The four remaining candidates for the Democratic nomination gathered at Temple University tonight for a debate hosted by the Pennsylvania College Democrats at their annual convention.
State Treasurer Rob McCord, former DEP Secretary Katie McGinty, Rep. Allyson Schwartz and former Revenue Secretary shared the stage for a mellow ‘debate’ during which they agreed on nearly every topic.
The event was moderated by Dr. Terry Madonna, who asked questions tailored to Millennials, who made up the majority of the audience of about 150 or so. Education and health care were the biggest topics.
Despite a smaller field, the forum still ran two hours, which allowed candidates to get a bit more detailed about their proposals. McCord and Wolf tried to out-nerd each other on education funding.
“We use an average cost per pupil formula, we need to go to marginal cost funding,” Wolf stated. “Some charter schools are good; we have to keep them accountable and fund them fairly.”
McCord gave a similar answer.
“Some of these charter schools are doing a good job. We need to study what’s working and we need to share it. We need to invest and hold everyone accountable to the same level of accountability,” McCord advocated, before going on an explanation of externalities reminiscent of an Economics 101 class that may have been held in this very room.
And the conversation about charter schools was one of the lengthier in the evening. The four candidates lauded public education in Pennsylvania and declared their commitment to increasing funding for traditional brick and mortar schools. Cyber schools were less popular in this crowd.
“If it’s working for students, it works for me,” McGinty said of cyber and charter schools. “Make sure all schools operate under same rules. This is a democracy, we need transparency and accountability.”
A Governor Schwartz would be less accommodating to cyber charters.
“Cyber charter schools have to not be funded by the public. They’ve shown they have no academic value for kids,” her she stated, which earned any tweets from the College Republicans in the audience.
But Schwartz, per usual, shined on the questions of health care, given her experience in the creation of PA CHIP when she was in the General Assembly, and then serving in Congress during the passage of the Affordable Care Act. The specific question about the affordability forbade candidates from mentioning the Affordable Care Act, but they each agreed that they would support a state-run exchange.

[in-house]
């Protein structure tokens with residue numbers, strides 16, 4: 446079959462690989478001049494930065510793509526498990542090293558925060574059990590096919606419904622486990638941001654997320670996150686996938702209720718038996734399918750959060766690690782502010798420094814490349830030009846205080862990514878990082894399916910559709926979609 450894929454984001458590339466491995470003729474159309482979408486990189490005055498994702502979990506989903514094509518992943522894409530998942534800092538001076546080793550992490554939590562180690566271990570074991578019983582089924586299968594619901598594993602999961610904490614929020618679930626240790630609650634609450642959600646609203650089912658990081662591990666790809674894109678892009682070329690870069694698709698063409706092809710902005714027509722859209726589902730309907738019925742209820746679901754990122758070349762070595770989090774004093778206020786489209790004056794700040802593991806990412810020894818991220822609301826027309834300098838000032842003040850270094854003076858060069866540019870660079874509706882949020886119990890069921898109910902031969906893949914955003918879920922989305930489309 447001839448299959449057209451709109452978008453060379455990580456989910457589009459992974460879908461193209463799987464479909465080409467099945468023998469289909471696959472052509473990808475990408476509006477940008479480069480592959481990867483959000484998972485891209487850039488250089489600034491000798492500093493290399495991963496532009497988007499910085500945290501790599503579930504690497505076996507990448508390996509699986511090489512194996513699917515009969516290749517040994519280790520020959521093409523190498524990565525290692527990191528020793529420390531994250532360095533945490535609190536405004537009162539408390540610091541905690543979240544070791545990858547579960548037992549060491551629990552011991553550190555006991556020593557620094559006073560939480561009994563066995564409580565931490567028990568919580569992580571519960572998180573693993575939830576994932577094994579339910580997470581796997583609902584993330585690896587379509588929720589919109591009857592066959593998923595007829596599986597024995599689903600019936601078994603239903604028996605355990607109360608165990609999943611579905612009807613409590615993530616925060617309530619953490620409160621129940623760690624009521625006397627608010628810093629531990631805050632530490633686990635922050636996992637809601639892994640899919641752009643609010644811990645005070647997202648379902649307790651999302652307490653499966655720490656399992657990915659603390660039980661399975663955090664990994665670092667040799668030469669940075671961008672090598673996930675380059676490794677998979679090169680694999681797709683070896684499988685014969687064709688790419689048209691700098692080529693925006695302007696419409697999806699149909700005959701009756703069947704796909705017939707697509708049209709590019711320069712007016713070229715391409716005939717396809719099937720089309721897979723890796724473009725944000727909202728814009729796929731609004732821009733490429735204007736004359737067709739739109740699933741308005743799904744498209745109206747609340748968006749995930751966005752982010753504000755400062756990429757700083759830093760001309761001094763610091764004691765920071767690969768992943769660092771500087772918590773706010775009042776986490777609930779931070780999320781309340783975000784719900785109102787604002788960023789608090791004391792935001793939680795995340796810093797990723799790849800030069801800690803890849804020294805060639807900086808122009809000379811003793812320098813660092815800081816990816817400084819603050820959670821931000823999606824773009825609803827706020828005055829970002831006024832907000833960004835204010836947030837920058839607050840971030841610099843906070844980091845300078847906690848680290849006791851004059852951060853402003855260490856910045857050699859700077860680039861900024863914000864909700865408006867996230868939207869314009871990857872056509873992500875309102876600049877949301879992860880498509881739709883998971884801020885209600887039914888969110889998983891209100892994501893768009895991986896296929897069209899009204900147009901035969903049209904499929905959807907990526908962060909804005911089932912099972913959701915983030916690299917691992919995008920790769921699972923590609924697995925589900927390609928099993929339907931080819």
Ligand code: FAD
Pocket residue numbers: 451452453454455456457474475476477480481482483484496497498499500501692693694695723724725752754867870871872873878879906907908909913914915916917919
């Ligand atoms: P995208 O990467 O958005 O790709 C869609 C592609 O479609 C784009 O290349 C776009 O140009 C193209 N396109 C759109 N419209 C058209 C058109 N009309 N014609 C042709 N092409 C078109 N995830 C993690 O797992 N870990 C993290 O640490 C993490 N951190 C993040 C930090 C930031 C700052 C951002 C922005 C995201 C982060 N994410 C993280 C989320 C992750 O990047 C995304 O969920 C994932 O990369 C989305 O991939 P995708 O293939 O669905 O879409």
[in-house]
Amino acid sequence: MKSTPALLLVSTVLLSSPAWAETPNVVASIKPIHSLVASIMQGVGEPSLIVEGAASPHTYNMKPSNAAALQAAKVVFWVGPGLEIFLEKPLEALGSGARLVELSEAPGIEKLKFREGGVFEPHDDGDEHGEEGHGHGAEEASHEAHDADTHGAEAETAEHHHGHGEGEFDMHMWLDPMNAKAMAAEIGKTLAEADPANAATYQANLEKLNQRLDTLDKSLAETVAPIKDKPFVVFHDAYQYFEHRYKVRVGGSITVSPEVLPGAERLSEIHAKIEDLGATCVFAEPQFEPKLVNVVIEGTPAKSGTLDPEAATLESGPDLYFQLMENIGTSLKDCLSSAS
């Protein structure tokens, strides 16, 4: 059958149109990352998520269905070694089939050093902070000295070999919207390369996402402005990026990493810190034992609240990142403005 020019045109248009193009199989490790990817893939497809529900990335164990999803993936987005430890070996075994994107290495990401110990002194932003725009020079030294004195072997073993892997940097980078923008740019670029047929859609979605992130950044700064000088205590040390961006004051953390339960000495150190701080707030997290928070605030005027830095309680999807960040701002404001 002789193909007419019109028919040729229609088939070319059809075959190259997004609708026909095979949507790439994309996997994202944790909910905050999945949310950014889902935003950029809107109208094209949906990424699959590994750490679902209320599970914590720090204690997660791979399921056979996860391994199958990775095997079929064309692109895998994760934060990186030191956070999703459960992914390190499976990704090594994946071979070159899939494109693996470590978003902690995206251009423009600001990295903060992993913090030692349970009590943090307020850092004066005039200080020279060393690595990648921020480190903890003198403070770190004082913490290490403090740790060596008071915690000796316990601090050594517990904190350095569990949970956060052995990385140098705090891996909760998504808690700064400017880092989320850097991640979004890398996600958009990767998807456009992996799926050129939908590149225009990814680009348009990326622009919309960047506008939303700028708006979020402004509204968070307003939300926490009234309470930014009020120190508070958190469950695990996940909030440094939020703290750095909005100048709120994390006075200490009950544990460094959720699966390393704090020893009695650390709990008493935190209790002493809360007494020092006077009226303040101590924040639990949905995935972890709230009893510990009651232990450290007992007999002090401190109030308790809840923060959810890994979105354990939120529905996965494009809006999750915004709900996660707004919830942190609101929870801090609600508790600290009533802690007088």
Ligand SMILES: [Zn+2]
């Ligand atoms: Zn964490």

According to polling, education is the most important issue to voters in 2014, but for many years, property tax reform has been the biggest topic and Rep. Seth Grove has introduced legislation in Pennsylvania that would drastically change the system. The four candidates for governor supported changes to the property tax funding model for public schools. They all supported greater state contribution through changes in other taxes, including corporate and extraction taxes.
Although former DEP Secretary John Hanger is no longer in the race, his influence was felt as Madonna asked candidates about their positions on marijuana.
Schwartz, McGinty and Wolf supported medical marijuana and the decriminalization of small quantities of marijuana, summarized best by McGinty, who got the question first.
“I’m impressed by what Gov Cuomo has put forward: a process that would enable the identification of those conditions that can be treated by medical marijuana,” she said. “And there’s terrible racial injustice in the incarceration, and I would decriminalize the use of marijuana and spare young lives being ruined.”
McCord, on the other hand, was not ready to jump aboard on the issue.
“First, I miss John Hanger,” he began, before stating that he supports more research and evidence into the long term effects of marijuana use and cautioning against the “fantasy island finance” based on the legalization of marijuana.
The only other issue of real distinction was the unionization of college athletes, brought on by the ruling that Northwestern football players will be allowed to unionize. McCord and Wolf supported unionization, while McGinty and Schwartz dissented.
We also learned that Wolf was a college athlete. He threw javelin at Dartmouth.
“No one believes that,” he joked.
On the whole, it was a jovial forum where, at one point, McGinty and McCord poked fun at each other’s commercials after Madonna said there were no rules to this thing.
“I was the ninth of ten children,” McCord started.
“and I had no meat to eat,” McGinty jabbed back.
Both are lines from the ads that the two are running on television now. At the end of each topic, Madonna allowed the candidates to dispute their competitors claims.
“I don’t think Rob was the 9th of 10 children,” McGinty clarified, in her characteristic, high-spirited humor.
As always, Governor Corbett’s campaign wasted no time responding to the forum and campaign manager Mike Barley released the following statement.
“The lackluster Democratic candidates for governor continue to prove they have no new ideas for Pennsylvania’s future besides more of the same failed big government policies that left high unemployment and a $4.2 billion budget deficit. Our opponents, including extreme liberal Congresswoman Allyson Schwartz and Secretary Tom Wolf, who want to impose massive tax increases have made it clear they hope to export the extreme and out-of-touch Obama agenda to Harrisburg.”
“Governor Tom Corbett continues to fight for all Pennsylvanians, reducing the size of government, investing more responsibly, keeping taxes low and creating an economic climate where the private sector has created over 150,000 jobs. In a second term, Governor Corbett will continue to deliver the ‘Less Taxes, More Jobs’ approach that is putting Pennsylvania on a path to a brighter future.”